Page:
Administrative Assistant (Temporary) (Former Employee) – Washington, DC – March 29, 2018
I was so excited to be brought into Pew. I had been trying to get in for about a year and I finally was. Four weeks later, I was let go. I received no on-going feedback from anyone. Just fired! It was not the type of culture that I'd expected. Cliquey.
Administrative Assistant (Current Employee) – Washington, DC – March 13, 2018
You may be lucky to get a good Director, but if your Director is anything like mine, you will be looking for a new job within months. Pew has a quick turn around rate because of the ridiculous rules, the inability to move up or around and in my case, the lack of support/director but your expected to give outstanding results.
Insane office parties, benefits are good, great work-life balance!
Pew doesn't like their employees to advance; you are expected to stay where you are.
Associate (Former Employee) – Washington, DC – November 13, 2017
Pew has all the bureaucracy of a non-profit with cut-throatiness of a high-powered law firm. You will be held accountable for your functions (as any job should...), but you will not be given the authority or delegation to perform properly. Come appraisal time, you get a "Congrats, you're average!" (everyone does...), and a three-year waiting period before applying to any other internal position.
No reward or recognition for hard work and no transparency
Senior Associate (Former Employee) – Washington, DC – May 31, 2017
Hard-working employees are often overlooked for promotions, and many people are in roles doing work several levels above their own title and pay grade. For example, a senior associate left Pew, and that person's work was given to an administrative assistant. Fast forward five years later and that admin is still doing the senior associate's work, but the person is still an admin with admin pay. This happens ALL the time at Pew.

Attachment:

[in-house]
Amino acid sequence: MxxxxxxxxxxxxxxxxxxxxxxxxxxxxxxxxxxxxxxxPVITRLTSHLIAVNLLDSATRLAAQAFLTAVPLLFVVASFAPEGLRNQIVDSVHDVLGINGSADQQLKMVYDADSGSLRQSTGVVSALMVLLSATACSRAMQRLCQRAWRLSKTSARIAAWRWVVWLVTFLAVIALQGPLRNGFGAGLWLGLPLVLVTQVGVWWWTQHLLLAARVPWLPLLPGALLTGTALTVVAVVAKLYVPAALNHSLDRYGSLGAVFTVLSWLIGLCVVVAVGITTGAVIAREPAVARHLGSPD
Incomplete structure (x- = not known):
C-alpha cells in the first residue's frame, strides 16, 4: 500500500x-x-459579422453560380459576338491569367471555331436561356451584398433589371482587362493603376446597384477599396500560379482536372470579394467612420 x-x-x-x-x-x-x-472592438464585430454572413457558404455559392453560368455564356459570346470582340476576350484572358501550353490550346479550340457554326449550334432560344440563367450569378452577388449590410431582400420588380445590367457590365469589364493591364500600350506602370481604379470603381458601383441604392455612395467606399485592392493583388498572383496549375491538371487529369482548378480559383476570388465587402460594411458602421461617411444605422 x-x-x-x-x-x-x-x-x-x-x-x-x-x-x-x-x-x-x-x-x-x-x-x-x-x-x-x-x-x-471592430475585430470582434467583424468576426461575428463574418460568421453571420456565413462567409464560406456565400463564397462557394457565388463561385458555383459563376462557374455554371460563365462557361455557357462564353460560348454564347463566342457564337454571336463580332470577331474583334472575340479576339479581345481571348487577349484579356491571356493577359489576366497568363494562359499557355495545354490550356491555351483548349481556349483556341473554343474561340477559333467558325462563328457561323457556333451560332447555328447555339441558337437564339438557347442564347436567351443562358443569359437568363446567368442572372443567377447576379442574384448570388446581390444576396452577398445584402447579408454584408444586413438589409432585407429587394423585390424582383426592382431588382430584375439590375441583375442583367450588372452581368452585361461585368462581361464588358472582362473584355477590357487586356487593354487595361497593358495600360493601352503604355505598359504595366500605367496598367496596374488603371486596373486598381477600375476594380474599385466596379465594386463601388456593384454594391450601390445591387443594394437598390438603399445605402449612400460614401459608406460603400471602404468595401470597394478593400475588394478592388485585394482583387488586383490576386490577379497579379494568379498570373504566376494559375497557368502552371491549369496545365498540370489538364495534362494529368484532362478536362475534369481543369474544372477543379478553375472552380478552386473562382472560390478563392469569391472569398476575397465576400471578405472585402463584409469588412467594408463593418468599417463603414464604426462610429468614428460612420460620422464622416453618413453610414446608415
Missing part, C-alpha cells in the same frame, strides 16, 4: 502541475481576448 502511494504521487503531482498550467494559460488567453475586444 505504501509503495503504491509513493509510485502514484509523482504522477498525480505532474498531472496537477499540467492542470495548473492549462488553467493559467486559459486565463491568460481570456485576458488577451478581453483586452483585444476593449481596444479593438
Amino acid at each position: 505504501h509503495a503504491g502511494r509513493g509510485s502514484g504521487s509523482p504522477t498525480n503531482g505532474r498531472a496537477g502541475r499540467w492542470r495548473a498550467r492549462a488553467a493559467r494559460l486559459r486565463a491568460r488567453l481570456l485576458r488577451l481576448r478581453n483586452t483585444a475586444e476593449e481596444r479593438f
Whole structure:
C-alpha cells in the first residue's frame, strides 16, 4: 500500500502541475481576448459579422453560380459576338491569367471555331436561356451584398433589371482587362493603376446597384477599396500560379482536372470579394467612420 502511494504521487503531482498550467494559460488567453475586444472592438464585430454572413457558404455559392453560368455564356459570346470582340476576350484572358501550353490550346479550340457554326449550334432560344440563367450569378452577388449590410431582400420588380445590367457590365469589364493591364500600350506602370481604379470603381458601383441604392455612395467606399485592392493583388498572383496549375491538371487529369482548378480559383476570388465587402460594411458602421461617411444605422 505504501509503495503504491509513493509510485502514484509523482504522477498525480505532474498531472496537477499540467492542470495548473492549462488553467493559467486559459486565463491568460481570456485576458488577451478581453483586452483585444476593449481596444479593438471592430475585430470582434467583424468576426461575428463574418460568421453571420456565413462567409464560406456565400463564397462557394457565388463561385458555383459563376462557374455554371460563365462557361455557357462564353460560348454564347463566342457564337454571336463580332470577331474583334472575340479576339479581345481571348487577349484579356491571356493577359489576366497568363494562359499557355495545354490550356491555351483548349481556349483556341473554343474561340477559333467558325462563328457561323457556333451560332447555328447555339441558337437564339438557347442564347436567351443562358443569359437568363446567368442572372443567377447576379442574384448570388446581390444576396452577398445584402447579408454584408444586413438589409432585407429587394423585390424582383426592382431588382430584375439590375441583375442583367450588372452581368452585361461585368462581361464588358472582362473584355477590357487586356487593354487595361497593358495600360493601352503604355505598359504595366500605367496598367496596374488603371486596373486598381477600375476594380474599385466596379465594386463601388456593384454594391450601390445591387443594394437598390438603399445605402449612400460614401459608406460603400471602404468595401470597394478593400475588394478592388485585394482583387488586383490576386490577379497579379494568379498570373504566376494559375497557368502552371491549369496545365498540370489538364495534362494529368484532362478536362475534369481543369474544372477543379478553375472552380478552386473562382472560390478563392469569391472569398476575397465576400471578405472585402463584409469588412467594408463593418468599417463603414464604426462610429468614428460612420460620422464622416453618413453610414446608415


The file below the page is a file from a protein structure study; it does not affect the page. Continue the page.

Pew does not expect you to work after you leave the office.
Associate (Current Employee) – Washington City, DC – April 12, 2017
Make this place a stepping stone and move to greater things. I have learned very quickly that there isn't room for growth so don't get your hopes up.
Benefits are great, but not really worth your sanity. The quality of people you work with varies, but for the most part, people expect the most when all you are provided with are tools to do the least.
Unfair treatment, Not being paid for what you're worth, Rude Employees
Administrative Assistant (Former Employee) – Philadelphia, PA – March 3, 2017
The department I worked for was very stiff and uptight. The attorney I worked for was even worse. The only benefits were location and your health benefits started day 1. Other than that I don't have too many positives to say.
Sr. Associate (Former Employee) – Washington DC – December 19, 2016
Toxic environment, no room for upward mobility, smart and hard-working people treated like inept children. CEO is woefully out-of-touch and on a unceasing power trip, surrounding herself with "yes men" who maintain a culture of fear and intimidation.
Senior Administrative Assistant (Current Employee) – Washington, DC – October 7, 2015
White Pew deserves its reputation for high standards in work product and work ethic, it is an organization that works from the top down, with little communication to lower-tiered employees. Information is given on a need-to-know basis, making it difficult to perform a task without several requests for clarification.
Associate, Real Estate Services (Current Employee) – Philadelphia, PA – May 12, 2015
A great place for college grads. Pew really grooms you. Its a tough organization to work for but if you can get through it...you will be an awesome employee for the rest of your career. If your lazy or have no sense of humor, not a perfectionist, and closed minded...don't apply.
Excellent benefits and great environment
Difficult culture to fit into. If you are not open minded and coach-able you will not succeed here.